Friday, September 3, 2010

Berwick, Medicare, Medicaid, and the Rest of Us

Donald Berwick, MD, two months after his recess appointment as Administrator of Medicare and Medicaid services, has finally wandered out of his lair in Washington, to state the case for the Affordable Care Act in the Washington Post.

Berwick says,” It's no illusion to the seniors and people with disabilities who will pay less for prescription drugs, to the millions of Medicare beneficiaries who will have preventive care and check-ups covered without paying co-pays, or to the people who will be protected from fraud and abuse. Under the act, Medicare is stronger than it has been in years, and seniors will get new benefits.”

Berwick maintains the Affordable Care Act will reduce costs by eliminating Medicare Advantage plans and will put Medicare on a “surer footing.”

He assures us, “The act encourages some of the most comprehensive payment and delivery system reforms in Medicare's 45-year history. It establishes a Center for Medicare and Medicaid Innovation within CMS to help find ways to modernize our health-care system to make it safe, patient-centered, reliable, sustainable and efficient. These approaches, endorsed by health-care organizations, employers and economists, will help make the health-care system of higher quality and more affordable for America's families and businesses.”

In short, Doctor Berwick cheer leads for the Affordable Care Act. This is understandable, considering his position.

What Doctor Berwick does not mention is how the proposed health reform act will impact care for the non-Medicare, non-Medicaid population, comprising 70% of Americans, or the physicians who provide that care.

So far this much is clear. The Affordable and Patient Protection Act has no real cost controls. It will sharply increase costs for private plans in the short term, as we shall soon see with sharp spikes in health care premiums in October and November of this year and transfer of more costs to employees by employers, as they struggle to cope with new expenses and provisions imposed by the new law.

Berwick fails to state the plight of state governments, whose already strained budgets are likely to be crushed under burdens of millions of new Medicaid patients and setting up health exchanges.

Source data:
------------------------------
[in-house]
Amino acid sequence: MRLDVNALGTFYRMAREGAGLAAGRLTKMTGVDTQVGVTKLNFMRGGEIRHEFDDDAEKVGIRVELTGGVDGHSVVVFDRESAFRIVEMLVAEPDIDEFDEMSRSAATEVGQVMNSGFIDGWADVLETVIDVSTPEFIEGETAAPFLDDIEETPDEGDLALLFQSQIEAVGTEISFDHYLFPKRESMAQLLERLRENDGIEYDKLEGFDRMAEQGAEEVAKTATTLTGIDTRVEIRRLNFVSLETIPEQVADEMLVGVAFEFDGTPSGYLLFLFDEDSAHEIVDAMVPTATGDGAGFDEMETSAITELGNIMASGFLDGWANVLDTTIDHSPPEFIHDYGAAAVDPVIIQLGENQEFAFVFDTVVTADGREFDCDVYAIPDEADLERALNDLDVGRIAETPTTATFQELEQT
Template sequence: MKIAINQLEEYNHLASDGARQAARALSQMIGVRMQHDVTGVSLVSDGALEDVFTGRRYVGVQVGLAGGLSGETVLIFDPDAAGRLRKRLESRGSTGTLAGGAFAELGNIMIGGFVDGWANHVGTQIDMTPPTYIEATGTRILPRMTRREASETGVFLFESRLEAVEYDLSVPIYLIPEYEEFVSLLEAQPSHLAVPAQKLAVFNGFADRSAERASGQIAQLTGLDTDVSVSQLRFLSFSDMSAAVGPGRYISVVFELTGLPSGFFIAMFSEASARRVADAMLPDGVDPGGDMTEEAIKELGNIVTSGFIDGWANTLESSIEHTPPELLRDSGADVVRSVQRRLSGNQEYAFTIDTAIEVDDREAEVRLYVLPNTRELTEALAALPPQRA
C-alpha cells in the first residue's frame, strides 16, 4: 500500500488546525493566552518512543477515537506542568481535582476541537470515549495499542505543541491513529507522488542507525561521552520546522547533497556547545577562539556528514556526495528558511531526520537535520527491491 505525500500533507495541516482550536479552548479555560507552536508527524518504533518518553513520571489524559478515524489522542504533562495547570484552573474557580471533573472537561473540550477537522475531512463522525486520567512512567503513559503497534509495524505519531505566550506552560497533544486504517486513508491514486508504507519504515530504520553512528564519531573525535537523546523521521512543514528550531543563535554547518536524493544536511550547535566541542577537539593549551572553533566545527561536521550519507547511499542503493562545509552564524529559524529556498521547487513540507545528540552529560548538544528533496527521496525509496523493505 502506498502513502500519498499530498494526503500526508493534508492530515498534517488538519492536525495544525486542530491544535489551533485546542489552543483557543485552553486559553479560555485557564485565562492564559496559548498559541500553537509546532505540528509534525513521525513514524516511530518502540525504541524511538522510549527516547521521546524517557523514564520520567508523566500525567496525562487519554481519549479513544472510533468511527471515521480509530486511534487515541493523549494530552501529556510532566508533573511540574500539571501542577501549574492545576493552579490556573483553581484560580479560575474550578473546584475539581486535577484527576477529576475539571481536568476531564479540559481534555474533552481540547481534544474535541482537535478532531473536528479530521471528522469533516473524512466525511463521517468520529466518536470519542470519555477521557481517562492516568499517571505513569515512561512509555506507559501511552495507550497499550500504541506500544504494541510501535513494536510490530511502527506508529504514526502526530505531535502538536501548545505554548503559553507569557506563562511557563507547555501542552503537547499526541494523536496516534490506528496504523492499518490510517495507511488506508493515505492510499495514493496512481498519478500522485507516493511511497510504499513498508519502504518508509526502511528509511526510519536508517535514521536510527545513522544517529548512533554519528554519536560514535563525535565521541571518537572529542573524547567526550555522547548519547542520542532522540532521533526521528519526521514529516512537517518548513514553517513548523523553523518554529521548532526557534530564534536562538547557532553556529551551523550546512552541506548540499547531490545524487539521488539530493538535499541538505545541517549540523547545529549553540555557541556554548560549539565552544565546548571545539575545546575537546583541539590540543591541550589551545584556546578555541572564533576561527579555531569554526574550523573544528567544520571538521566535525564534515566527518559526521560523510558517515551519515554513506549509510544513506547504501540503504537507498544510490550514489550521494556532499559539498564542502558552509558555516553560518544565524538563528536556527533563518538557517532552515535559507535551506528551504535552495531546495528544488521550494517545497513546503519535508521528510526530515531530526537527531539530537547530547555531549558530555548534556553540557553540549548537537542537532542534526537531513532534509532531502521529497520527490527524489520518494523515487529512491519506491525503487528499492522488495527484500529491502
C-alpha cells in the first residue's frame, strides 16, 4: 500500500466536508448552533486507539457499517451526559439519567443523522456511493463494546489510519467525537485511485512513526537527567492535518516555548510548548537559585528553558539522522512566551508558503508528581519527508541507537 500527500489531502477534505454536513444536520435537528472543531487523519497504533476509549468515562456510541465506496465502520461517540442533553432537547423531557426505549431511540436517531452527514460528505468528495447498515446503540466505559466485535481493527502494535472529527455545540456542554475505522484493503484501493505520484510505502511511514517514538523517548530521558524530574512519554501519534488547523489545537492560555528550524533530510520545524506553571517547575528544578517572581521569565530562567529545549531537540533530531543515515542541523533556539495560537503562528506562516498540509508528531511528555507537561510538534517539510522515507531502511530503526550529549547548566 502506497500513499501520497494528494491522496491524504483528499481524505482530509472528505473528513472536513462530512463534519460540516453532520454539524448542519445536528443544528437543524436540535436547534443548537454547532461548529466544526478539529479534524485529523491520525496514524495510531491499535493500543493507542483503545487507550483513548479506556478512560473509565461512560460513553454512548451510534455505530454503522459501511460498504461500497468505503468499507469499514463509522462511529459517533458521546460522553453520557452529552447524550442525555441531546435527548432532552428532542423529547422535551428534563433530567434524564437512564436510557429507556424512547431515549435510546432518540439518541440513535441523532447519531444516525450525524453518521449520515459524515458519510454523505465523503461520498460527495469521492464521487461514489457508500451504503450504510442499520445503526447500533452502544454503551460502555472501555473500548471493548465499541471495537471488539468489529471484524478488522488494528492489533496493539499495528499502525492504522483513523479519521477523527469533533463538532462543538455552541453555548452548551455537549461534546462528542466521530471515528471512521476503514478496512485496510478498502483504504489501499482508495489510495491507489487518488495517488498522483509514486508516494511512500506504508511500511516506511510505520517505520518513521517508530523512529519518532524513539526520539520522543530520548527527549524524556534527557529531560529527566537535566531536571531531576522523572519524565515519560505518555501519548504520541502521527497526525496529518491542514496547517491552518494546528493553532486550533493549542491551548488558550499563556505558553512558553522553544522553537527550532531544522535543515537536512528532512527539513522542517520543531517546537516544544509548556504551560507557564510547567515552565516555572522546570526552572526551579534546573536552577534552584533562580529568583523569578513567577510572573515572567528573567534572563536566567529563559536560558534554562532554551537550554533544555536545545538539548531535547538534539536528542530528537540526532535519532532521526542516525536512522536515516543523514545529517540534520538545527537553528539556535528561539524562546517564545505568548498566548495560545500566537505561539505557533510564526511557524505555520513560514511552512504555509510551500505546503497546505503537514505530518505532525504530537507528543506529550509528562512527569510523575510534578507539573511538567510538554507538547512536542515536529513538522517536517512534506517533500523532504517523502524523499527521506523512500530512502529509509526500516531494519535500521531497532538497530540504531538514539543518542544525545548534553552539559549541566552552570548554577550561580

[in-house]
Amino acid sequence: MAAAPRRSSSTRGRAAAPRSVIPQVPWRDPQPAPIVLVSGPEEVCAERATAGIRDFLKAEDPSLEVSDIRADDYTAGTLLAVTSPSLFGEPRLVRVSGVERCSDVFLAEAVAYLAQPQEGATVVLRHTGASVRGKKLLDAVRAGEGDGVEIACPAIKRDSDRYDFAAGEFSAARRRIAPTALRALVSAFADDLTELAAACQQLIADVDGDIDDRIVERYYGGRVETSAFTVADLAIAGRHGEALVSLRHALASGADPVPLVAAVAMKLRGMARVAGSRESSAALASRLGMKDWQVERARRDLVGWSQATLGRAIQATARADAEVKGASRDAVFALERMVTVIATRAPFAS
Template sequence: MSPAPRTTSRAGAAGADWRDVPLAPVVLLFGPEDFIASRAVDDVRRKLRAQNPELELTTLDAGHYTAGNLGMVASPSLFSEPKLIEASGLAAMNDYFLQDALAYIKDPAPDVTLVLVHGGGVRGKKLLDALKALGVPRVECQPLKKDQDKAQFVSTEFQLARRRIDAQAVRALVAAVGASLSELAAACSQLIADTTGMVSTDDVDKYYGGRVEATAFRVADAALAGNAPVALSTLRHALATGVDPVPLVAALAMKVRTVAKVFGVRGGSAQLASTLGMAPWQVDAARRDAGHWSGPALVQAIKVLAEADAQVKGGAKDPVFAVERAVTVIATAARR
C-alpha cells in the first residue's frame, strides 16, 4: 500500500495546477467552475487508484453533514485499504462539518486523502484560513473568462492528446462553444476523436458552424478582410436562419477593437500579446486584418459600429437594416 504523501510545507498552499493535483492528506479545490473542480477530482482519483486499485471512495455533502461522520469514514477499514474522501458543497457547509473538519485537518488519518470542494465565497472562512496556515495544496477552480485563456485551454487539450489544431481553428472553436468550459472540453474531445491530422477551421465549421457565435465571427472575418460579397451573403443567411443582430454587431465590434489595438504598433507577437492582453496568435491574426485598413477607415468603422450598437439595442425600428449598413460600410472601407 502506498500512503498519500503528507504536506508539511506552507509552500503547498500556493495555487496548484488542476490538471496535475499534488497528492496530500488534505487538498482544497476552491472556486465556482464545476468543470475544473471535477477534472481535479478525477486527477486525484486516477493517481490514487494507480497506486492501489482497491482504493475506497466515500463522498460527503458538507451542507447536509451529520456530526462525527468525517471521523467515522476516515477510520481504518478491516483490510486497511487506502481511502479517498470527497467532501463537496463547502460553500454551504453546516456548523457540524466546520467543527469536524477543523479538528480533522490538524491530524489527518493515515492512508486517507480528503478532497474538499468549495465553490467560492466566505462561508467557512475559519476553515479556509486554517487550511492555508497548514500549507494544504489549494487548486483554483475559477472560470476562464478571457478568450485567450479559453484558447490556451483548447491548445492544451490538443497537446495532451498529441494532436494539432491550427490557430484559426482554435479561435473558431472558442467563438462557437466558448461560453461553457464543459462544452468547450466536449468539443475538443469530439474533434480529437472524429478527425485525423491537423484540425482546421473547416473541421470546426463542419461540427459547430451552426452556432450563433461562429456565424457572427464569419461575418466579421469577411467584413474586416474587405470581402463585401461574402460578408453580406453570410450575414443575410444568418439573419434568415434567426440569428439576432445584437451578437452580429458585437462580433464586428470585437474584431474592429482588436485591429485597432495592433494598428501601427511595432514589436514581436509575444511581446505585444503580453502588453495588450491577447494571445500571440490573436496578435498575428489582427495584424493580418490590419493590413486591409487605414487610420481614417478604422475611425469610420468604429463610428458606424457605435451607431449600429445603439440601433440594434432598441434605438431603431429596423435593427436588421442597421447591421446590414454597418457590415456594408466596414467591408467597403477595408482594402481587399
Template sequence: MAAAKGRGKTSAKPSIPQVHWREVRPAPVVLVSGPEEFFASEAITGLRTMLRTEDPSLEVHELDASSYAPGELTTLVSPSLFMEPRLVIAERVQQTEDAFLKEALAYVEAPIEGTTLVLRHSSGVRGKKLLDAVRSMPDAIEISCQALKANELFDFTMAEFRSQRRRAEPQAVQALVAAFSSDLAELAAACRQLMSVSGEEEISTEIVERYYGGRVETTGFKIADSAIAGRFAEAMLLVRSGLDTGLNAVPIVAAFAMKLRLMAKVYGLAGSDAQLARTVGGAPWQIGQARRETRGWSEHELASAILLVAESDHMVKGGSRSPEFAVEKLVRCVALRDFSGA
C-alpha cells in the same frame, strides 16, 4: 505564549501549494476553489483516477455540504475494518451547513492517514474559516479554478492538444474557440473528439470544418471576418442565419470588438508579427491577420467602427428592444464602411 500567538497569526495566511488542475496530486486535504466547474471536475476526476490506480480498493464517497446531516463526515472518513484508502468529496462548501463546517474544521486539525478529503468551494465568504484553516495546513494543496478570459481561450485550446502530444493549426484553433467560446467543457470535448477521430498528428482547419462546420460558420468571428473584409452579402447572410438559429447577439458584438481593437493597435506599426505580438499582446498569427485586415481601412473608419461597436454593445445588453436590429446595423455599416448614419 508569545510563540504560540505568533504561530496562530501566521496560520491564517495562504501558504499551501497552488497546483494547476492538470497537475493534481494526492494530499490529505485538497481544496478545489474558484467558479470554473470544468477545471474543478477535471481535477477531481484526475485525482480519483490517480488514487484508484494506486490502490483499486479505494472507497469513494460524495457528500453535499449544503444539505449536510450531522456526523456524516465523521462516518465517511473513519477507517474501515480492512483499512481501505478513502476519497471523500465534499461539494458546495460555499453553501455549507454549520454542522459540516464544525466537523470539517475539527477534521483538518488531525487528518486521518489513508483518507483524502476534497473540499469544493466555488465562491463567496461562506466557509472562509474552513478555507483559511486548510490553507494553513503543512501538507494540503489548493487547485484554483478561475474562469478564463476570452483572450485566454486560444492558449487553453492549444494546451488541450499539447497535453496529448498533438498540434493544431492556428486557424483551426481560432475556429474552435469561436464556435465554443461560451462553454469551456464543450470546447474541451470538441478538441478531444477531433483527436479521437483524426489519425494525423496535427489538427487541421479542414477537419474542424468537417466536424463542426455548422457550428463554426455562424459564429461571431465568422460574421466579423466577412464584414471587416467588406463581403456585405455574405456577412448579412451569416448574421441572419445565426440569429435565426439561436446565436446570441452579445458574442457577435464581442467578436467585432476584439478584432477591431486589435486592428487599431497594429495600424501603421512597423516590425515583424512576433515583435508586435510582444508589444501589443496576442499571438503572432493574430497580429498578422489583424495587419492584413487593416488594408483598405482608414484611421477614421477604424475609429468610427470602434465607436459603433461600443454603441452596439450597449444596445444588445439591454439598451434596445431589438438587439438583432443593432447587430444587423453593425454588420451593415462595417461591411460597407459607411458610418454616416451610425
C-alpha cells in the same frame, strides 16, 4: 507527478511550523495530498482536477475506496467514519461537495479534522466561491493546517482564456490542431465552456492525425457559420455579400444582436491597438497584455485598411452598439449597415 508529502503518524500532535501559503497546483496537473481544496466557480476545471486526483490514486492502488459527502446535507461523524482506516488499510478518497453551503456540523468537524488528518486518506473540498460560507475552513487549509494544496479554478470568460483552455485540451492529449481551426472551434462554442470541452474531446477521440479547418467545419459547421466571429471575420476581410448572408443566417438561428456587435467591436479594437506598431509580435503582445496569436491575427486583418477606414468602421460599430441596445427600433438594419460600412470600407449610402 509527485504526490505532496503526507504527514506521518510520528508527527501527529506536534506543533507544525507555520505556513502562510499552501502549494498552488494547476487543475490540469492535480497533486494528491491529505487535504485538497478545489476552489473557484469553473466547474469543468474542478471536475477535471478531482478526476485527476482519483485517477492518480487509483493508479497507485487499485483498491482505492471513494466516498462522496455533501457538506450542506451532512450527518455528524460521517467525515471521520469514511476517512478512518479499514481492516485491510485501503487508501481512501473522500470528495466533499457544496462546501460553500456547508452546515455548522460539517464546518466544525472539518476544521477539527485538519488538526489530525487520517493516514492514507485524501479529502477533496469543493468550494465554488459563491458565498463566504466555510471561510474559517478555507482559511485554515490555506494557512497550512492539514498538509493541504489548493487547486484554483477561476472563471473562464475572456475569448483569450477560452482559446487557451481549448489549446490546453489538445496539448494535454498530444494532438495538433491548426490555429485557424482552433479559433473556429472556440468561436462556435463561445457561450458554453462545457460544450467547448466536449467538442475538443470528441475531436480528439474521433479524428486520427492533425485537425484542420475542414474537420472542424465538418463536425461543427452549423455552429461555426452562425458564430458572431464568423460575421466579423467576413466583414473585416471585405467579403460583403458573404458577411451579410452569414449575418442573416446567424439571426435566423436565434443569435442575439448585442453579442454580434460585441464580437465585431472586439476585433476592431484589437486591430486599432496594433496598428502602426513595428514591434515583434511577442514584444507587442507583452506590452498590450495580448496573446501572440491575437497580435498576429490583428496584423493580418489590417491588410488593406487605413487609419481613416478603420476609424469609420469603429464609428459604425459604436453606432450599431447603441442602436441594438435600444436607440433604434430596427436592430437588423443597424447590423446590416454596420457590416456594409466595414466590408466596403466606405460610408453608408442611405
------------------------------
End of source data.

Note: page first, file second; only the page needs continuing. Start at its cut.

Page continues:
And ACA will fail to “protect” Americans who want to retain their present plans. Instead patients with these plans will have to switch to federally approved one-size-fits-all “comprehensive and coordinated” plans, which will inevitably cost more.

Furthermore, the ACA may not “protect” citizens who desire further access to physicians, many of whom may restrict or cease care to Medicare and Medicaid recipients because of costs of regulations and burdens of limited reimbursements, which together may make it impossible to maintain viable practices.

And as for improving the quality of care, who knows? Physicians who serve the old and the poor and the sick have not been consulted.

Few have bothered to ask the U.S. physicians what they think of this reform. Will their ability to offer quality care be improved or hampered? Is the business of practicing medicine getting easier – or harder? For answers Athenahealth recently partnered with Sermo’s online community for physicians to conduct a first of its kind Physician Sentiment Index (PSI).

In this first annual index, 1,000 physicians – representing a range of specialties, regions, and practice sizes – responded to questions revealing frustrations with the business of medicine, reimbursement protocols, government’s hand in health care, EHRs and other variables that could either make or break the delivery of quality care in the U.S.

Here were the top physician sentiments.

• 92% agree getting paid by insurers has become increasingly burdensome and complex.

• 83% agree this is the case with Medicaid.

• 81% agree this is the case with Medicare.

• 64% believe their clinical decisions are based more on what payers will cover than what is best for their patients.

• 59% think the quality of medicine in the U.S. will decline in the next five years.

• 54% agree more government involvement will decrease quality.

In October, the Physicians Foundation will release a survey of more than 40,000 physicians on how they view reform. That survey, whose results are not yet fully known, will explore in more detail the impact of the Affordable Care Act on patients and physicians.

Given growing physician shortages and increasing exodus of independent physicians from the Medicare and Medicaid scene because of federal policies, it would not impudent to ask Doctor Berwick, "Who shall care for the the old, the sick, the poor, and the rest of us?"

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